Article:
Briquetting of subbituminous coal and torrefied biomass using bentonite as inorganic binder

Sci Rep. 2022 May 24;12(1):8716. doi: 10.1038/s41598-022-12685-5.


The use of inorganic binder for briquetting of subbituminous coal and torrefied biomass for energy generation is scarce. The present study focuses on the physicomechanical durability and energy content of briquettes produced from subbituminous coal (SubC) and torrefied biomass (TM) using bentonite as binder. Briquettes were produced using 95% SubC and 5% TM. Bentonite was varied at 2-10% of the total SubC and TM weight. The briquettes were produced with a constant pressure (28 MPa) in a hydraulic press. The briquettes were primarily cured at room temperature and then at 300 [Formula: see text] in a tubular furnace under an inert condition for 60 min. The density and water resistance (WRI) of the briquettes were evaluated. Drop to fracture (DF), impact resistance index (IRI), cold crushing strength (CCS) and tumbling strength index (TSI+3 mm) of the briquette were obtained. The reactivity index (RI), proximate, ultimate and calorific values analyses were assessed based on different ASTM standards. Microstructural studies and elemental mapping were carried out using scanning electron microscope equipped with EDS and electron probe microanalyzer. The density increased with increment in bentonite content. The WRI decreased with increase in bentonite while the least (95.21%) was obtained at 10% binder content. The DF and IRI ranges from 100 to 150 and 2000-3000, respectively. The CCS were in the range of 19.71 to 40.23 MPa. The RI varies from 34 to 50%. Fixed carbon, carbon and calorific values were impaired as the bentonite content in the briquette increases. Oxygen and silica bridges with mechanical interlocking were observed on the micrographs of the briquettes. The briquettes produced with 2% bentonite content have better physicomechanical durability with equivalent energy content. It is recommended as feedstock for thermal and metallurgical applications.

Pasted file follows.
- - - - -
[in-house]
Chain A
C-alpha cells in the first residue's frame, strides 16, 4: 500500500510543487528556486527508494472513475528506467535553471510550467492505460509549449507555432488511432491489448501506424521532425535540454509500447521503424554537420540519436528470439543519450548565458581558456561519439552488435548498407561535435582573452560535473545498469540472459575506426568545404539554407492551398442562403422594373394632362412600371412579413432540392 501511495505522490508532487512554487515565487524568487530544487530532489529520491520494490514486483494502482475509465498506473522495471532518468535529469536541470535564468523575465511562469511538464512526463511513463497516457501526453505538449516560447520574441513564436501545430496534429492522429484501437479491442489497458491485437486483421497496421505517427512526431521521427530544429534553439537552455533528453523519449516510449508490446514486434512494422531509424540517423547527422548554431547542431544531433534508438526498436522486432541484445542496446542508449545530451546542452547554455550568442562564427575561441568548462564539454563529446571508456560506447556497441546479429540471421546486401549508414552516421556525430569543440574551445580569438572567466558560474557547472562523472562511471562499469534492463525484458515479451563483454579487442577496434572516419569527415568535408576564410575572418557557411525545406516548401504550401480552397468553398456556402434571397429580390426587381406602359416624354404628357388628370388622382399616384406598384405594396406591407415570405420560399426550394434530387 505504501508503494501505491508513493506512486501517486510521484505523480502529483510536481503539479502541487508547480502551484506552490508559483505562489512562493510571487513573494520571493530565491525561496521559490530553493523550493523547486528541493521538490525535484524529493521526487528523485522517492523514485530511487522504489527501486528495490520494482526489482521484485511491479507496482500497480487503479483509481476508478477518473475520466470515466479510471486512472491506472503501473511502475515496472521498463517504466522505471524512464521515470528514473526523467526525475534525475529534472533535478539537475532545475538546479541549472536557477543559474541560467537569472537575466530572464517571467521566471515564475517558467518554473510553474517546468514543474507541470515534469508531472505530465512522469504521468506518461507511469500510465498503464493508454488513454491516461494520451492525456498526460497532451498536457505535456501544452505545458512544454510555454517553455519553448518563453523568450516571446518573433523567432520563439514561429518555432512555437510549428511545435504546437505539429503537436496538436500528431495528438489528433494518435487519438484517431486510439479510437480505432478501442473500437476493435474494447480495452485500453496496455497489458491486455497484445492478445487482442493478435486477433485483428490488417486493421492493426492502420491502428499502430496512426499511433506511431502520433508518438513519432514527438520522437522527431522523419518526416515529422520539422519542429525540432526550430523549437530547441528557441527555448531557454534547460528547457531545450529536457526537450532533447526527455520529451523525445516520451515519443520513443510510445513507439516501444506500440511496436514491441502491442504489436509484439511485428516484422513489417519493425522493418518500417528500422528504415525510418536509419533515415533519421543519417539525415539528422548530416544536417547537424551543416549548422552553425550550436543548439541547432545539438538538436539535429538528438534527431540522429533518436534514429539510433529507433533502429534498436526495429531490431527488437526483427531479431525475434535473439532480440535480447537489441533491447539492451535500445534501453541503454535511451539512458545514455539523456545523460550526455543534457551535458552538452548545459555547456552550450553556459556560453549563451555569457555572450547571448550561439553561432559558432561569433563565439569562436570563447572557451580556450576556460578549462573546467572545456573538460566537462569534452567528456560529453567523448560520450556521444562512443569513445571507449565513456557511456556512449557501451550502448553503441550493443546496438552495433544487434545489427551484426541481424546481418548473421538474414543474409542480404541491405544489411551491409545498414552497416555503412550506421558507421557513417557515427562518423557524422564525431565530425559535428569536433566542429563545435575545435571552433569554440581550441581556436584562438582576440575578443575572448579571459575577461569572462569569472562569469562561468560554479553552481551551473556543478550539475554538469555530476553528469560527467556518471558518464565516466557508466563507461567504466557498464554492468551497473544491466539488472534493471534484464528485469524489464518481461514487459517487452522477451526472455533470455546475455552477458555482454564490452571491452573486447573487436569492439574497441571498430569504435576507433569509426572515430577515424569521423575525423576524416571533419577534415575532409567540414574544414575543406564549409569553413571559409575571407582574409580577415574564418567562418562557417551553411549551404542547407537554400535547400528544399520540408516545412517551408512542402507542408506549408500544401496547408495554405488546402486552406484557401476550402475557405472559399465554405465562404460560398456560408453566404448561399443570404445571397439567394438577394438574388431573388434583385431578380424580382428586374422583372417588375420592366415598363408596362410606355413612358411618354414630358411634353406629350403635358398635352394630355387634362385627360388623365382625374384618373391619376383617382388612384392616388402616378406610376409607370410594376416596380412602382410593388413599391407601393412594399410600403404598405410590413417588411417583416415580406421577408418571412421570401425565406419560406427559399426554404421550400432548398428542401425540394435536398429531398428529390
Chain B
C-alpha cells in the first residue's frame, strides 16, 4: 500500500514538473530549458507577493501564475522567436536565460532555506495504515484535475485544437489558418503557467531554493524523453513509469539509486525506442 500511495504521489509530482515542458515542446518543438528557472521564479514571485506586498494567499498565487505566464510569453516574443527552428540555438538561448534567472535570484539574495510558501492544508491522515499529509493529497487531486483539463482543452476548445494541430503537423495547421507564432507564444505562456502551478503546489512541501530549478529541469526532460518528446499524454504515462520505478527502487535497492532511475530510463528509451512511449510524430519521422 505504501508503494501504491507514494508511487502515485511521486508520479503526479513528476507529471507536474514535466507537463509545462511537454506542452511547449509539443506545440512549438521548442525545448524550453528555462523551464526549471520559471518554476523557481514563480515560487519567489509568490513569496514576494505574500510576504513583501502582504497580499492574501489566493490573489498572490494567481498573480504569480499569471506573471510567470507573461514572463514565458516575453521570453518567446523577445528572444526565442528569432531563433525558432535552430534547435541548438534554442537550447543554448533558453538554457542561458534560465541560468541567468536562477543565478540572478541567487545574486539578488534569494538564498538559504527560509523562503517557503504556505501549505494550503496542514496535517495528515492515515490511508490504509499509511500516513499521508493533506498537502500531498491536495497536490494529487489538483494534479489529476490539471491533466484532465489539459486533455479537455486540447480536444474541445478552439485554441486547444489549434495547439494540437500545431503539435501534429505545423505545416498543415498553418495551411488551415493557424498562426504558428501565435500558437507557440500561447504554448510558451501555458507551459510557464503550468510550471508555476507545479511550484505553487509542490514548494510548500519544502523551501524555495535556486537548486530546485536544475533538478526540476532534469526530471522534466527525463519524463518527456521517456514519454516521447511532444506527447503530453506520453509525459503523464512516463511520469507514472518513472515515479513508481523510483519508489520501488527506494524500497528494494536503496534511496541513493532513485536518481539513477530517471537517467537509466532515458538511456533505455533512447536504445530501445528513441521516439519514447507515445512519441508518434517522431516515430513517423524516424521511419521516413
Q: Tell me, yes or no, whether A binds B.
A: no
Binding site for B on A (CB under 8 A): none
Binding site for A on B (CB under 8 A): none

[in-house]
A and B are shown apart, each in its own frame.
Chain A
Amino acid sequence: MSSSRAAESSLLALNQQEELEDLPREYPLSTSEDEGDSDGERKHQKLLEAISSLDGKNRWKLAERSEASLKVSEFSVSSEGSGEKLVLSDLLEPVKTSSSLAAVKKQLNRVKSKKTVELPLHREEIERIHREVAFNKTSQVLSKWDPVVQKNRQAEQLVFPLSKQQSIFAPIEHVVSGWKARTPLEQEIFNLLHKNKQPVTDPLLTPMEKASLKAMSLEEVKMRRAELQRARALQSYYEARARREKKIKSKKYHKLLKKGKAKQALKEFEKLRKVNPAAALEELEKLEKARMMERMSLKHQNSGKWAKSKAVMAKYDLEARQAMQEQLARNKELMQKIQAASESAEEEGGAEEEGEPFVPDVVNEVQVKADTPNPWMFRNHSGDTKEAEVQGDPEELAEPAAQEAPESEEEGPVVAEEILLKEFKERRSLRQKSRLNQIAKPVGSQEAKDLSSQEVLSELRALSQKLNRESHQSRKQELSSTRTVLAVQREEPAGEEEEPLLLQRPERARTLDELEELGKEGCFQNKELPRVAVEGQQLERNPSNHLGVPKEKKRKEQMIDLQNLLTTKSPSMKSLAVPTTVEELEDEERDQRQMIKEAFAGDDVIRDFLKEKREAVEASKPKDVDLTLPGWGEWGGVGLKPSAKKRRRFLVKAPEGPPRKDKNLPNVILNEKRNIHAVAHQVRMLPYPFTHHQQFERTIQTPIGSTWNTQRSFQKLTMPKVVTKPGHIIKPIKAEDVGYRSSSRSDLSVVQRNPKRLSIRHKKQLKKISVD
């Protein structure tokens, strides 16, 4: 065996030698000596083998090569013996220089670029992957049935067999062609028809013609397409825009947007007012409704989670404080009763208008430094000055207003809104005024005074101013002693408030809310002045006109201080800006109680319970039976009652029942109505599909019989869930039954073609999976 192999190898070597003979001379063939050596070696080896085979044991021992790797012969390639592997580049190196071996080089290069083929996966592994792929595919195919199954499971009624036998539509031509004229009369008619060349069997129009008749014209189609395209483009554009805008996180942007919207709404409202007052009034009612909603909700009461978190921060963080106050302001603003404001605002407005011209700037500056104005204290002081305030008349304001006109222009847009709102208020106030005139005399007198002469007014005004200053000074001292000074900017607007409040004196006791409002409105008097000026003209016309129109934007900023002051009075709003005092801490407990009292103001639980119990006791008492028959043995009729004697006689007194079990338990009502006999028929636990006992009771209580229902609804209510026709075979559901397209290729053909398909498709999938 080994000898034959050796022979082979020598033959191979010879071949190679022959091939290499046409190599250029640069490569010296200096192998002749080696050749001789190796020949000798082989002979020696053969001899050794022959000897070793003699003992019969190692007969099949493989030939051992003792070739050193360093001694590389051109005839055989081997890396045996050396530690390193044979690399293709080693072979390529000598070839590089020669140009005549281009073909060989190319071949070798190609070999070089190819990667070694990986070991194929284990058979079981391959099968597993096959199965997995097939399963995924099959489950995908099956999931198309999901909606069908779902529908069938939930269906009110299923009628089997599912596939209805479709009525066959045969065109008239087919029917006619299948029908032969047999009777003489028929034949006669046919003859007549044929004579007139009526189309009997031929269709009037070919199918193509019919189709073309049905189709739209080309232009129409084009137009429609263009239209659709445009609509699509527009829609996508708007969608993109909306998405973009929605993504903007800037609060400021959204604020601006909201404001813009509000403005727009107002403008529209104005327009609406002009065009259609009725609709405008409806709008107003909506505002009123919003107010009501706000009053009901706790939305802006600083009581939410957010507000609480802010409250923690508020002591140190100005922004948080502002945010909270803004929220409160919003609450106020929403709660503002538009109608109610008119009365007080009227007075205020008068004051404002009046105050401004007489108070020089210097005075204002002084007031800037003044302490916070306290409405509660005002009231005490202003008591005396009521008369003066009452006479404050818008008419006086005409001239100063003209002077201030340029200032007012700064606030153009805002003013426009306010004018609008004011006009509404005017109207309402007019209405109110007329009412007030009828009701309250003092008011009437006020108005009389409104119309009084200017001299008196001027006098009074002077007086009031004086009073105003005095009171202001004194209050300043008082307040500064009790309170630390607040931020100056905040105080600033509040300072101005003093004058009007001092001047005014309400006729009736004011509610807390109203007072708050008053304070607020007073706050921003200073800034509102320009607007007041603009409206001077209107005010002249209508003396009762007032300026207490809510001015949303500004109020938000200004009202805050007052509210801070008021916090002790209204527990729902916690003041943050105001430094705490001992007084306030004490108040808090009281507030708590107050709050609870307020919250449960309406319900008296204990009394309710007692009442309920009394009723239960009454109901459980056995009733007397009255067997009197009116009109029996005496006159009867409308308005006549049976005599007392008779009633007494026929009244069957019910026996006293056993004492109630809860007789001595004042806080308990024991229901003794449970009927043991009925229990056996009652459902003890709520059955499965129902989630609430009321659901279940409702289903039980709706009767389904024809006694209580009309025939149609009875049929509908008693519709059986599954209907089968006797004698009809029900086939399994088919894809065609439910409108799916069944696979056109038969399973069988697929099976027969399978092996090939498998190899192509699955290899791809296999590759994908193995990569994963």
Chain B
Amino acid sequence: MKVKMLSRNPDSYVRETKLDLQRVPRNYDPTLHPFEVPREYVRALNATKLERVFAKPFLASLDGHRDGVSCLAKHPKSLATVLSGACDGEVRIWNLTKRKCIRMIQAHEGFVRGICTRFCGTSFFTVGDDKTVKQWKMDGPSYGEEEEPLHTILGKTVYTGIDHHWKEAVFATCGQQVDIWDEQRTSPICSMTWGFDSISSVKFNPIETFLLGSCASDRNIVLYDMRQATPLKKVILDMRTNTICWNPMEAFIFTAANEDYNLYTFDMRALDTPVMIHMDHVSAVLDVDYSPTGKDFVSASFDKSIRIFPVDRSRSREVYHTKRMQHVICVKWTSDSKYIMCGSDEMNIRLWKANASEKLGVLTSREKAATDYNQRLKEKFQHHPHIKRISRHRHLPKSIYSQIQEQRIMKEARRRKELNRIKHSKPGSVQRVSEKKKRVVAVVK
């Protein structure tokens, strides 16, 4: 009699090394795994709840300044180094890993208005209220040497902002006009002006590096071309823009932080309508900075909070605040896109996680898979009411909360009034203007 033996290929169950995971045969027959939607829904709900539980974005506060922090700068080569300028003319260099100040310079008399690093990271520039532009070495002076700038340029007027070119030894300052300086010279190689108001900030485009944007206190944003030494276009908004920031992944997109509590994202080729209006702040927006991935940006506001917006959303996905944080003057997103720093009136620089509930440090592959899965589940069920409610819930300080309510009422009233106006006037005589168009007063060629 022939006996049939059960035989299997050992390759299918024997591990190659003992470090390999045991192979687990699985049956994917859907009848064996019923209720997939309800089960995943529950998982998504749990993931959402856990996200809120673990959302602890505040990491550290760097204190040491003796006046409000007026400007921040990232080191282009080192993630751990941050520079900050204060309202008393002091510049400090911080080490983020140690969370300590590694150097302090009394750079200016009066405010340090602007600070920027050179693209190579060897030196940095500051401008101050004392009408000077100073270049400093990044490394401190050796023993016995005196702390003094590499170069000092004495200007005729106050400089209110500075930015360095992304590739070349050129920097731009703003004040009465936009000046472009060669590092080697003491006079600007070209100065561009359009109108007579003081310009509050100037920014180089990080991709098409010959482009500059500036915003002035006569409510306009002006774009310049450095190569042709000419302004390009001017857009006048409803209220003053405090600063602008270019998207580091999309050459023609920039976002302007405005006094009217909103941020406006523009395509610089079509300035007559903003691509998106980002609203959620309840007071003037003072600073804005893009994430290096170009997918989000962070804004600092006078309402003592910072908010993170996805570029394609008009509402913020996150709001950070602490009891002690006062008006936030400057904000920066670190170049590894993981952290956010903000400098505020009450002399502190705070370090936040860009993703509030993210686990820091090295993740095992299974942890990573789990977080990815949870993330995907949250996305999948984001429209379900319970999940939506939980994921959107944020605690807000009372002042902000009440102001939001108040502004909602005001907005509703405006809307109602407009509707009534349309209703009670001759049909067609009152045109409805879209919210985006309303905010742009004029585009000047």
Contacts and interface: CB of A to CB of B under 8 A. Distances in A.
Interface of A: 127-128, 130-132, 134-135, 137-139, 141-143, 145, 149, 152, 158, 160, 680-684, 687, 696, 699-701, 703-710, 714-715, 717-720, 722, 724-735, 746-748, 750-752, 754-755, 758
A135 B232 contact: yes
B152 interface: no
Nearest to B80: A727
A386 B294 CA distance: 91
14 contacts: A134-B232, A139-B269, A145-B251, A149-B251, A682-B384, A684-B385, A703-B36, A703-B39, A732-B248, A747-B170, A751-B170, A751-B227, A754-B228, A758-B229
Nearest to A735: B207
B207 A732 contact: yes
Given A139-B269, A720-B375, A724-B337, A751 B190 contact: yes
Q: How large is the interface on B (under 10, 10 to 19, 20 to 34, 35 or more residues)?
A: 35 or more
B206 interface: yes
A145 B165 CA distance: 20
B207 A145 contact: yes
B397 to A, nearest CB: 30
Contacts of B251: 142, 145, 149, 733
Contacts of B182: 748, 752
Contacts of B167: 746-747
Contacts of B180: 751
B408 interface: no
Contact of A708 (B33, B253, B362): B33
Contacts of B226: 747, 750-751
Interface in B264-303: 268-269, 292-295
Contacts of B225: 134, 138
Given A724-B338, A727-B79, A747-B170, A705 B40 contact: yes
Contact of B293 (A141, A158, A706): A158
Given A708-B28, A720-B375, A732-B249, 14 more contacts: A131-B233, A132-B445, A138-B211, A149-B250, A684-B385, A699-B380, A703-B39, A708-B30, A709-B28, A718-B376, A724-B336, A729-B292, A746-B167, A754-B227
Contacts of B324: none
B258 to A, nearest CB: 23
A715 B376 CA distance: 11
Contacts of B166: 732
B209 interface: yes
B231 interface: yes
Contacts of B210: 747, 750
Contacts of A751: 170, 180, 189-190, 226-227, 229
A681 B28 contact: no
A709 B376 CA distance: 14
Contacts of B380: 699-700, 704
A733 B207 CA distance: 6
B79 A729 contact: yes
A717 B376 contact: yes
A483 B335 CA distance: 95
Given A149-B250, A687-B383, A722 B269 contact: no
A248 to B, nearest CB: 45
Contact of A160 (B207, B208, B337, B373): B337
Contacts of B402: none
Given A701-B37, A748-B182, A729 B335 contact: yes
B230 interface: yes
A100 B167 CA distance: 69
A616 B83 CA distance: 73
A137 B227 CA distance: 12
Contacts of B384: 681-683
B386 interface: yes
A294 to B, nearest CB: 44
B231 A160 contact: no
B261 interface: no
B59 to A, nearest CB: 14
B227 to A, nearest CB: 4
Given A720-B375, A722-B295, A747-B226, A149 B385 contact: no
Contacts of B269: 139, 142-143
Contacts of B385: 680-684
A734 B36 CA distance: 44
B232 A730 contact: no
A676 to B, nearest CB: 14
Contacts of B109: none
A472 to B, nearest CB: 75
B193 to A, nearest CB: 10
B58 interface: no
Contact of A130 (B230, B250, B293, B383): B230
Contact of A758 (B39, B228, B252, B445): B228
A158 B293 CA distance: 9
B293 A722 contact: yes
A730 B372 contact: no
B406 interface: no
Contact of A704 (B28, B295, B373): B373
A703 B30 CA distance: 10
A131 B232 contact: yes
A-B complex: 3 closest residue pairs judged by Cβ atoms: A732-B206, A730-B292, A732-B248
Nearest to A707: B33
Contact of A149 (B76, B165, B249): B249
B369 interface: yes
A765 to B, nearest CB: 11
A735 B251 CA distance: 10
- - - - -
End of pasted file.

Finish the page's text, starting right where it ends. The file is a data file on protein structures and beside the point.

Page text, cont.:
PMID:35610357 | DOI:10.1038/s41598-022-12685-5


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